Cryptocurrency miners use PoW to confirm their transactions by adding a new block to the blockchain. When multiple miners are participating in this operation, they are involved in a kind of ‘digital battle’ for the privilege of adding a block containing transaction data to the blockchain.
A cryptocurrency miner is rewarded with a cryptocurrency coin each time they correctly solve the highly complicated mathematical task and add a block to the Blockchain Network.
The major drawback of PoW is that it consumes a significant amount of computing power and therefore electricity when solving these complex mathematical problems. In order to address this issue, other consensus techniques have been developed. The most commonly used solution among them is Proof of Stake (PoS).
Proof of Stake (PoS)
According to the Proof of Stake (PoS) principle, an individual may generate or authenticate block transactions based on the number of crypto assets the person owns. The greater the number of funds invested, the greater the amount of mining power that user has. This also increases the likelihood that they will be appointed to verify the next block of transaction data, thus gaining an advantage over other cryptocurrency miners in the process of adding a new data unit to the blockchain.
The data for the batch of transactions that have been verified will go into that block, which has a maximum capacity of 1 MB, which will then be copied to all of the nodes in the network. These nodes verify each transaction encrypted in a block of the blockchain.
Distributed Ledger Technology
Decentralization of the blockchain’s control mechanisms is attributed to the distributed ledger technology (DLT). Dubbed blockchain, DLT is implemented as a public registry of all the financial transactions that have taken place in a particular cryptocurrency’s blockchain.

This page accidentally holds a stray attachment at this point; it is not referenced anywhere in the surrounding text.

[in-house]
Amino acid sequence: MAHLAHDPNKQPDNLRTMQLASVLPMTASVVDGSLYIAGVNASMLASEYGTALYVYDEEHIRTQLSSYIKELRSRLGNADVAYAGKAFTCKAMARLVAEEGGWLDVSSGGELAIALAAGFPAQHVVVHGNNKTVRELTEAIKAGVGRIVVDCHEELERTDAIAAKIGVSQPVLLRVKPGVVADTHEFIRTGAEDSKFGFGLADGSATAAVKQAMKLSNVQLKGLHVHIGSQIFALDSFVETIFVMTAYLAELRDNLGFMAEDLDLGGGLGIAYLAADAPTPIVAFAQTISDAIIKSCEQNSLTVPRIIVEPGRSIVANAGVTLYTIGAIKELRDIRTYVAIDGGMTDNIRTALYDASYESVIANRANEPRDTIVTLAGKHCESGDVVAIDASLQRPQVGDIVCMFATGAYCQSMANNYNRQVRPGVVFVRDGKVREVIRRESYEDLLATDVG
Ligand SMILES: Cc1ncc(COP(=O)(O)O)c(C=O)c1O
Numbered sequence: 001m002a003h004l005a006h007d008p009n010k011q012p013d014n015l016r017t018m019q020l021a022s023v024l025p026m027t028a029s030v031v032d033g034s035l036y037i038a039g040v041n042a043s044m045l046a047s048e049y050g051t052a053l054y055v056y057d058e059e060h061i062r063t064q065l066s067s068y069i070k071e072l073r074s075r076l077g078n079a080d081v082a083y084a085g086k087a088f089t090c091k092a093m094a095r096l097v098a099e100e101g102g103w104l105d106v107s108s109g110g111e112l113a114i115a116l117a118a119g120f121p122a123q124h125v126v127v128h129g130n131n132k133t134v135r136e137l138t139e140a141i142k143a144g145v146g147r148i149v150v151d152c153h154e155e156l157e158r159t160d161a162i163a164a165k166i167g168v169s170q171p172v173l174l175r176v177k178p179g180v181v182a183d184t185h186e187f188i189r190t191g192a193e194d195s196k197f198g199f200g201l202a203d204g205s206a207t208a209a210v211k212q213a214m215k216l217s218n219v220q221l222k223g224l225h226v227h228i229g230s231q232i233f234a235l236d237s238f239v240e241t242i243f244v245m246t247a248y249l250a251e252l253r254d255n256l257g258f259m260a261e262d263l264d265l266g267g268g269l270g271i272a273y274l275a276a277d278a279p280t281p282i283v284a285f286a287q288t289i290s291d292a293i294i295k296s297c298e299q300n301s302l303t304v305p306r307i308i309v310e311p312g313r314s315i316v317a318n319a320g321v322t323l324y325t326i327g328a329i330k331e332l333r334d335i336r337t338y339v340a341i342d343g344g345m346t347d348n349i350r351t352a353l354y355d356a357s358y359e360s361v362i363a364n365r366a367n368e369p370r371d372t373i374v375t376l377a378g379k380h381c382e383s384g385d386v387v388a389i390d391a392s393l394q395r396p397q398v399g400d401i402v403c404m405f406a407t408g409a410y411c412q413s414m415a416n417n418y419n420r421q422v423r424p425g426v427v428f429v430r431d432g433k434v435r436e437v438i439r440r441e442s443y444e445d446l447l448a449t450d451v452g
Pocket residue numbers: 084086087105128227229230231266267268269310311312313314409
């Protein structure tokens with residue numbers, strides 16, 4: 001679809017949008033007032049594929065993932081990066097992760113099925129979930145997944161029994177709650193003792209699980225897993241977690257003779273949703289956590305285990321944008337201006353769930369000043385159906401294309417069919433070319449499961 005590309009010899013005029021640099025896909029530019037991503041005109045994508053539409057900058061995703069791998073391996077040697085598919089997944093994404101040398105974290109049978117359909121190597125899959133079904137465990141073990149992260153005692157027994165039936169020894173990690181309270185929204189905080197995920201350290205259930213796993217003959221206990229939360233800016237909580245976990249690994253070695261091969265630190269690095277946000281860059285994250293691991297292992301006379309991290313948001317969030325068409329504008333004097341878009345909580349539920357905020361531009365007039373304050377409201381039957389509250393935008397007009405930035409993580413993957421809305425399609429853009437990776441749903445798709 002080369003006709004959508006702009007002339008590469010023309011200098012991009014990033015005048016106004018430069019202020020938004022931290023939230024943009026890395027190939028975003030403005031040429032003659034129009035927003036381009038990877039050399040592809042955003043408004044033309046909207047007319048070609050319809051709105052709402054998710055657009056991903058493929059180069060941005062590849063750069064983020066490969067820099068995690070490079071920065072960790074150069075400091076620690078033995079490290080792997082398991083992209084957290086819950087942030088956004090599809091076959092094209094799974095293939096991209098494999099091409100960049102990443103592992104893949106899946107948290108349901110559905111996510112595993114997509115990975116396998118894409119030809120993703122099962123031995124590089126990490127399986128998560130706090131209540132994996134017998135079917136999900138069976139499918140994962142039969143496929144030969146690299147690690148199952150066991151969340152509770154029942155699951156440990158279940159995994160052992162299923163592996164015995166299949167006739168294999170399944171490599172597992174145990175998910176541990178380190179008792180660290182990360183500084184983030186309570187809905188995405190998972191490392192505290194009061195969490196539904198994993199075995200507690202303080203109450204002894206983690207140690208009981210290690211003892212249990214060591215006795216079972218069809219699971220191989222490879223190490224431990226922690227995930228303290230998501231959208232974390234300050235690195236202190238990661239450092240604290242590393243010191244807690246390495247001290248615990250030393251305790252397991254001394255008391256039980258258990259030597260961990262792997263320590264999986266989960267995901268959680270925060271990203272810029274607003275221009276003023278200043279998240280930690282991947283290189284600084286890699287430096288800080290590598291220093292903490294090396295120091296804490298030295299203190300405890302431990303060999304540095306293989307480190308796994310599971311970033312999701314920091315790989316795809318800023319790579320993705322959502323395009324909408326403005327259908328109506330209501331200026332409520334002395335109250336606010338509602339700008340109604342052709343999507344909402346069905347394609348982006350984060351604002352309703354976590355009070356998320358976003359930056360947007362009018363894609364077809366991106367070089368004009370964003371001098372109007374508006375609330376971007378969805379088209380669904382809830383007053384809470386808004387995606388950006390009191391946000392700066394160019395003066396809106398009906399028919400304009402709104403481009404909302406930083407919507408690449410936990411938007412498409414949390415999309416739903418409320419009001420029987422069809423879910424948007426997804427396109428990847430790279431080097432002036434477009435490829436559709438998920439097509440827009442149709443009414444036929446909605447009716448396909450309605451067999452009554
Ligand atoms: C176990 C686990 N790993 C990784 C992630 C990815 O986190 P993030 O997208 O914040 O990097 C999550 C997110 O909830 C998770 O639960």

The distributed public ledger technology enables both the security of cryptocurrency transactions, as well as the transparency and verifiability of all transactions that have occurred. The blockchain ledger is distributed throughout a peer-to-peer network to all of the nodes in that network, rather than stored in a centralized database such as the record of accounts at a traditional bank.
A smart contract is a piece of computer software that is automatically executed when a set of criteria stated by the contract’s developer are satisfied. With the rise of cryptocurrency popularity, smart contracts are becoming increasingly popular. This largely owes to the fact that in order to store, secure, and automate the execution of Smart Contracts, blockchain technology is used as the foundation for these transactions.
Also, the usage of cryptographic techniques enables a high degree of immutability and security for both the transaction’s and user’s data that is contained in these electronic contracts. An extra advantage of using Smart Contracts for Bitcoin transactions on the blockchain is that there is no longer any requirement for a centralized bank or regulatory body to function as a trusted intermediary or mediator.
This is facilitated by the implementation of the smart contract code. As a result, the blockchain transaction may be completed more quickly and cost-effectively than through a traditional contract or any other formal arrangement enforced by the legal system.
As a result of the development of blockchain technology, a new sort of decentralized platform that can be used to create a diverse variety of applications is now a realistic possibility. It’s referred to as the Lightning Network protocol. The Lightning Network is the second layer in the fundamental technology behind blockchain that sits on top of the blockchain network, enhancing the blockchain’s capacity and transaction speed.